Literature by Letter - I

Can you identify these literary things that start with the letter I?
Quiz by Kestrana
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Last updated: December 24, 2019
First submittedOctober 29, 2016
Times taken9,734
Average score55.0%
Rating4.12
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Hint
Answer
The story of the Trojan War, attributed to Homer
Iliad, The
Country that publishes the highest number of books per capita
Iceland
This style of font
Italics
Subject of a Ralph Ellison or H.G. Wells novel
Invisible Man
First name of authors Fleming and McEwan
Ian
Javert's job title in "Les Miserables"
Inspector
Call him the narrator of "Moby Dick"
Ishmael
Odysseus's home island in "The Odyssey"
Ithaca
Many Kurt Vonnegut stories involve this city in the Midwestern U.S.
Indianapolis
Antagonist of "Tom Sawyer", who starves to death in a cave
Injun Joe
Type of verse, commonly employed by Shakespeare, with five "feet" per line
Iambic Pentameter
Saying one thing but meaning the opposite
Irony
Truman Capote's true crime novel about a family who was murdered
In Cold Blood
Notable resident of Sleepy Hollow, last name Crane
Ichabod
This author created the above, and also Rip Van Winkle
Washington Irving
Valuable substance sought by Kurtz in "Heart of Darkness"
Ivory
Chinese classic also known as the "Book of Changes"
I Ching
First book of Dante's "Divine Comedy"
Inferno
Anne Rice book about vampire life in Paris and New Orleans
Interview with the Vampire
Villain that opposes Othello
Iago
+5
Level 70
Dec 19, 2016
Tad harsh not allowing 'Indian'
+2
Level 61
Dec 19, 2016
He is never called "Indian Joe".
+1
Level 81
Dec 19, 2016
Just a difference in accent.
+2
Level 71
Jan 12, 2017
I actually googled that one, because I was 100% sure that the answer is "Indian". I've never seen the name written in English before. The translation in my mother tongue was also just "The Indian Joe". One new thing I learned today. :)
+1
Level 61
Jan 13, 2017
That's interesting to learn that translations use the local language's term for "Indian" or "aborigine" rather than the colloquial/ephithet slang of Twain.
+1
Level 73
Apr 16, 2017
That's true. In French, we know him as "Joe l'Indien"...
+1
Level 83
Dec 19, 2016
https://arnifannar.com/dispelling-the-myth-of-the-icelandic-publishing-phenomenon/
+2
Level 61
Dec 19, 2016
That was a clue the QM added. I've update the language to better reflect statistics sourced from multiple places.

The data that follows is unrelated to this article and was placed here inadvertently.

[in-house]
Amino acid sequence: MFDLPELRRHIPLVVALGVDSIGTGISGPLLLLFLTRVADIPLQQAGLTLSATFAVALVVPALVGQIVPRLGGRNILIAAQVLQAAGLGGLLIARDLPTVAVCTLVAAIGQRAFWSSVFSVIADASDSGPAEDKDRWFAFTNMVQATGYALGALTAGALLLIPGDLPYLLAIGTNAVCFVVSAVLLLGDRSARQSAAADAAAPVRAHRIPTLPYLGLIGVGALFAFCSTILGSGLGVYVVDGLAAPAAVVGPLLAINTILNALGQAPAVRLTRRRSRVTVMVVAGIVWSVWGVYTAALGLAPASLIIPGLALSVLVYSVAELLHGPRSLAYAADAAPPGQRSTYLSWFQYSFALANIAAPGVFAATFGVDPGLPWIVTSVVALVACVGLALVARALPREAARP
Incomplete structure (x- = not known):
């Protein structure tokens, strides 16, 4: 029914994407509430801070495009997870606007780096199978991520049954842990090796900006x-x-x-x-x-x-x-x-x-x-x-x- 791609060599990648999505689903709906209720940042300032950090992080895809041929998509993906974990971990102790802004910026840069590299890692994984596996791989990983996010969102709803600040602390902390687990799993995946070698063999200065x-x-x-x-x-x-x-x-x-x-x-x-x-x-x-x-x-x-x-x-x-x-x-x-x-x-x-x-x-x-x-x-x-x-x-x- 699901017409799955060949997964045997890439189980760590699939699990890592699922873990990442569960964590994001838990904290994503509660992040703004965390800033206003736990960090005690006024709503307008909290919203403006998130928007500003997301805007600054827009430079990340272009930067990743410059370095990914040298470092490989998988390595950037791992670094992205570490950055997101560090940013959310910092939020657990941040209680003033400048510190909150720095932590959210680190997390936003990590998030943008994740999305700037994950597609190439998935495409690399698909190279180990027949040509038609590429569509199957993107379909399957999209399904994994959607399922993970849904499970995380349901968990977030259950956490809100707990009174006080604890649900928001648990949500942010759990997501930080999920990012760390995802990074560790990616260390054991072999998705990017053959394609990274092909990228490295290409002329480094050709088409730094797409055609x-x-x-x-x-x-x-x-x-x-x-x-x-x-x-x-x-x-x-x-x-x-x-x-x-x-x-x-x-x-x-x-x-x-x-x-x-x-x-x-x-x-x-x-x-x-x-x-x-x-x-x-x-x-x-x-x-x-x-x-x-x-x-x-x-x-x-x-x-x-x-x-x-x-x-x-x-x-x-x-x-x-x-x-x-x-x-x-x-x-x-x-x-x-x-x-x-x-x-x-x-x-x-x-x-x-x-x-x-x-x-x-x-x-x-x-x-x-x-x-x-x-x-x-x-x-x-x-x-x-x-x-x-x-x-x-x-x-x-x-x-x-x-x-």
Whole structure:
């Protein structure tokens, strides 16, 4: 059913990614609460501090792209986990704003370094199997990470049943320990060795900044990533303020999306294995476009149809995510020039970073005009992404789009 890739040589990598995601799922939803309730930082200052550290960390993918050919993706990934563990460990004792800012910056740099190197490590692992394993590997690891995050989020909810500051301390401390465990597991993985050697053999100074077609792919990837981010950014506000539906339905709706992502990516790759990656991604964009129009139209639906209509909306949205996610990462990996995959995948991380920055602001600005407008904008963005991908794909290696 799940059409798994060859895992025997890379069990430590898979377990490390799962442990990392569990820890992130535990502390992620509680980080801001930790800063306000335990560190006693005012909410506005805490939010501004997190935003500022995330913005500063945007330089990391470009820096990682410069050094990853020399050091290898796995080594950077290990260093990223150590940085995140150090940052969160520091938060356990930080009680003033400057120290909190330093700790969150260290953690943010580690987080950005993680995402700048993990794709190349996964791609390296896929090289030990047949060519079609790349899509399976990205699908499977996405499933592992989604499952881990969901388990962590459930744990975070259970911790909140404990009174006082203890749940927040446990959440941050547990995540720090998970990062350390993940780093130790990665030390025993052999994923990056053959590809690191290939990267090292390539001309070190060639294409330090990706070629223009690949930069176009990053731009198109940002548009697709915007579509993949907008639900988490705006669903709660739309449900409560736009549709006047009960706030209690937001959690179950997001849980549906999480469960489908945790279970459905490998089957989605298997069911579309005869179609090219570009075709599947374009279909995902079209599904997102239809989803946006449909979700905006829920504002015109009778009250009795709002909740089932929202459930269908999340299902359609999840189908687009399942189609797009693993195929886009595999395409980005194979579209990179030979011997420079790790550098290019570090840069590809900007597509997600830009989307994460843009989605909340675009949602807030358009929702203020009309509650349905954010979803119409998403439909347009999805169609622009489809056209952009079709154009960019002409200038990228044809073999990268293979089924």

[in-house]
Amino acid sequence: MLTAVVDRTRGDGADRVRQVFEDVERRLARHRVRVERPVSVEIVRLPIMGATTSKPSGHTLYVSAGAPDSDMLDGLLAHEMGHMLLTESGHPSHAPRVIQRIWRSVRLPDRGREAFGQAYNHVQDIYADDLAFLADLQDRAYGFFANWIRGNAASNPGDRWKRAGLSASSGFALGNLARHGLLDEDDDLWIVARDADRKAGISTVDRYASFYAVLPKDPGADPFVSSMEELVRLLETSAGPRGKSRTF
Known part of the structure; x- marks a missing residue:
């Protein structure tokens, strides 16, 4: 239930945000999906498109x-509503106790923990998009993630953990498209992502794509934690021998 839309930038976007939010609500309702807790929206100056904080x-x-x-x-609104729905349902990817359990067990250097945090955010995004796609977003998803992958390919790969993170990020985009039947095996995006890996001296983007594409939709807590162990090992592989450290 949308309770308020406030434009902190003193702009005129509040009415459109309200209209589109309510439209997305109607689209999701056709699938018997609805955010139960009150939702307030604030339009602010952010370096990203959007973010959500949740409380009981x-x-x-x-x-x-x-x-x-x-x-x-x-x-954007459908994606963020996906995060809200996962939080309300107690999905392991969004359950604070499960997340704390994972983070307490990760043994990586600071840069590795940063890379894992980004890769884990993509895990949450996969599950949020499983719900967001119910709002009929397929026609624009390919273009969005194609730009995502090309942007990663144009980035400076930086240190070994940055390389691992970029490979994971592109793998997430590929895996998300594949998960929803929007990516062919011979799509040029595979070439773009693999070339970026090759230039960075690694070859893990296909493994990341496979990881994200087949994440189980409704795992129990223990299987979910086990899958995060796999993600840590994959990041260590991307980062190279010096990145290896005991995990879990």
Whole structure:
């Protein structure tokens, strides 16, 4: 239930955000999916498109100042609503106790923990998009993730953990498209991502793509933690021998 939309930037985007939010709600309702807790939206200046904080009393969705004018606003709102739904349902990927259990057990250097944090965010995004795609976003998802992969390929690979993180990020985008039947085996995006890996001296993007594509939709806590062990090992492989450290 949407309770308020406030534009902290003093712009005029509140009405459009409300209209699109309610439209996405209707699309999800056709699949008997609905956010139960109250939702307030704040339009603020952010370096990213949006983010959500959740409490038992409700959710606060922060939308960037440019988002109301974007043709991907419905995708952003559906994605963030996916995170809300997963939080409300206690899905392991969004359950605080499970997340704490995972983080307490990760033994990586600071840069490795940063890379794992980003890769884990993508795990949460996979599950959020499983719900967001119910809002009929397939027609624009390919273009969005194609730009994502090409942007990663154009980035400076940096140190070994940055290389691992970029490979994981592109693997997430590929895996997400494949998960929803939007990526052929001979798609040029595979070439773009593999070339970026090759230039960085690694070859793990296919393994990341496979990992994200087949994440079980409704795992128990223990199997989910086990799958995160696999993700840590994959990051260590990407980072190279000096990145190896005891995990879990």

+1
Level ∞
Dec 19, 2016
Wow! Thanks for catching that. I read the BBC article and instinctively trusted it. I should have Googled it some more.
+3
Level 76
Apr 16, 2017
I hate it when "Irony" is defined that way. This should be "sarcasm"! *ends tantrum*
+1
Level 67
Apr 17, 2017
Sarcasm is but one use of irony!
+1
Level 60
Apr 16, 2017
Interesting thing about the translations is that it's a proper noun. Changing the name to another word changes the character's name.
+1
Level 80
Apr 18, 2017
Yeah but in fiction it's a bit more complicated. Character names are often chosen for their meaning or sound, so the translator has to decide whether to lose the meaning or maybe describe it in footnotes, or to create a corresponding name in target language. The latter happens more often in children's literature, or fantasy (Harry Potter, LOTR, Disney ...).
+2
Level 70
Apr 16, 2017
Irony: a situation in which something which was intended to have a particular result has the opposite or a very different result
+1
Level 67
Apr 8, 2019
I tried itaca itica maybe even ithica... and icabut of something haha, but that was on me because with that one I only vaguely knew the right word.
+1
Level 44
Jun 13, 2020
Please accept Ithaka for Ithaca. Ithaka is the direct transliteration of the word, and several translations use this form rather than 'Ithaca'.
+1
Level 61
Sep 6, 2021
That's the worst definition of irony I've ever seen. This is the funniest: https://youtu.be/nT1TVSTkAXg
+1
Level 43
Jan 22, 2022
Missed "Inferno," but got "I Ching." It was on the bookshelf growing up. Thanks mom! :)
+1
Level 80
Jul 6, 2022
surprised not to see Icarus as an answer